• Sun. Dec 3rd, 2023

Scientists map single-cell spatial distribution

Scientists map single-cell spatial distribution

About 100 scientists recently mapped cell-type taxonomy in the macaque cortex and revealed relationships between cell-type composition and different primate brain regions using self-developed spatial transcriptome sequencing technology stereo-seq and snRNA-seq technology. This provides a molecular and cellular basis for further investigation of neural circuits.

The study was published in CellScientists from the Chinese Academy of Sciences’ Institute of Neuroscience, Center for Excellence in Brain Science and Intelligence Technology, BGI Research, Lingang Laboratory, Shanghai Center for Brain Science and Brain-Inspired Technology, and Tencent AI Lab. Karolinska Institutet and KTH Royal Institute of Technology in Sweden,

Primates have large numbers of neurons that form complex and intricate neural circuits that support advanced cognition and behavior. Malfunctions in these cells and circuits can lead to various brain disorders. Understanding the structure and spatial distribution of brain cells and their relationships is a fundamental question in neuroscience, comparable to the periodic table in chemistry, the world map in geological discoveries, or the basic sequence of DNA discovered through humans. Genome sequencing.

Compared to other species, primates, including macaques, the closest animal model to humans, have higher cognitive and social abilities, as well as larger cortices and more cell types. For example, the macaque brain, which contains more than six billion cells, can be classified into hundreds of cell types based on their molecular, morphological, or physiological characteristics, and their spatial distribution spans hundreds of different brain regions. Understanding the composition and spatial distribution patterns of cell subtypes in the cortex is critical to understanding the organization principles of the primate brain.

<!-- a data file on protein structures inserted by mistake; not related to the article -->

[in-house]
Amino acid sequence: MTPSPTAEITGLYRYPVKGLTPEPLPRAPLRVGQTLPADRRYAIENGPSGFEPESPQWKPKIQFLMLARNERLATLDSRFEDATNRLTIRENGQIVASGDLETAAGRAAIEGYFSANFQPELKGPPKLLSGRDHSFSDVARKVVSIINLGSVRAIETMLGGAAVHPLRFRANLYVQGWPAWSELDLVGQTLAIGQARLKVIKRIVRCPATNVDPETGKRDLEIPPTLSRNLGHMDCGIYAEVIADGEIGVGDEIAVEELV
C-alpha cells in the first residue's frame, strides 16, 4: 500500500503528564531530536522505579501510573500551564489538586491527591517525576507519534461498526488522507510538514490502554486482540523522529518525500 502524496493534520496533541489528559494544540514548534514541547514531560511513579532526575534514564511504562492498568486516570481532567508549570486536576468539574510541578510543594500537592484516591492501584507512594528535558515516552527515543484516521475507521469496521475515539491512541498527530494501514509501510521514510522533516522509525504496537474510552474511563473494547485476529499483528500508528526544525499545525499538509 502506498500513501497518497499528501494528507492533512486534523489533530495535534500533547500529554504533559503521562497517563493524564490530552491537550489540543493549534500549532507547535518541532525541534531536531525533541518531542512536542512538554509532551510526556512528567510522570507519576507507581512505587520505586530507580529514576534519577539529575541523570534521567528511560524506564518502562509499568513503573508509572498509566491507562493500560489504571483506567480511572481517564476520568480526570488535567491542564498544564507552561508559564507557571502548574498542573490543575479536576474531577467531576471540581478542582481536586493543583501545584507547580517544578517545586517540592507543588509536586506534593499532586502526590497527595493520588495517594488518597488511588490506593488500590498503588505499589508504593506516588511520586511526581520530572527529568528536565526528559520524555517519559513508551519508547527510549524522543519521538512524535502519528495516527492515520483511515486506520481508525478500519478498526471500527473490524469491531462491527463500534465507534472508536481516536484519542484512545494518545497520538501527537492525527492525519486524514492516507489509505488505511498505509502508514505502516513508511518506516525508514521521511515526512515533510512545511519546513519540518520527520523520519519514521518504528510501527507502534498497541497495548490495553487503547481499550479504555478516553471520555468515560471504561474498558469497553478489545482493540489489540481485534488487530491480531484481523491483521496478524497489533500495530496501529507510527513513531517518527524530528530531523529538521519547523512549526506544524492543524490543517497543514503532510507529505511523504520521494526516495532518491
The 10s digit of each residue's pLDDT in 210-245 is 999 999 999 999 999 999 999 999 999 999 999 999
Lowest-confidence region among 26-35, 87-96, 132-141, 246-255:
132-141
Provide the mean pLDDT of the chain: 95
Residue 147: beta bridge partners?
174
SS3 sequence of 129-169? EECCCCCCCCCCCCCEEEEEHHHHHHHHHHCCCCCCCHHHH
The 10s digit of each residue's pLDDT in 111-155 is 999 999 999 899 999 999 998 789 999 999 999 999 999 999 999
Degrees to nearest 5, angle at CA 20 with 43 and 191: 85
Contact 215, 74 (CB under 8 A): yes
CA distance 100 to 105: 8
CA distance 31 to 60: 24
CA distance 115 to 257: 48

In this study, the scientists used a newly developed large-field-of-view spatial transcriptome method, called Stereo-Seq, and an independently developed method to prepare centimeter-scale thin slices of macaque brains for experiments. Combining large-scale single-cell transcriptome analysis, they obtained a comprehensive three-dimensional single-cell atlas of the entire cortex of crab-eating macaques, providing guidance for systematic analysis of cell-type distribution specificity and regional specificity. cortex, as well as molecular features.

In addition, the scientists found that glutamatergic neurons, GABAergic neurons, and non-neuronal cells exhibit distinct cortical and regional specificities in their distribution throughout the cerebral cortex. Interestingly, there was a significant correlation between cell-type composition and hierarchical organization of brain regions in the visual and somatosensory systems. Brain regions at the same hierarchical level tend to have similar cell-type compositions, revealing a relationship between cell composition and brain region composition.

Additionally, through cross-species comparisons with publicly available single-cell data from human and mouse brains, the scientists identified glutamatergic neuron cells specific to primates, located predominantly in layer 4, and genes highly associated with human disease. FOXP2, DCCAnd EPHA3.

This study generated a comprehensive dataset of single-cell and spatial transcriptomics for the entire macaque cerebral cortex, providing an important data resource for future research. The data are now publicly available at https://macaque.digital-brain.cn/spatial-omics.

In the future, the team will continue to focus on the mechanisms of brain diseases and target development, structural evolution of brain cells, and cellular and molecular mechanisms of brain function.

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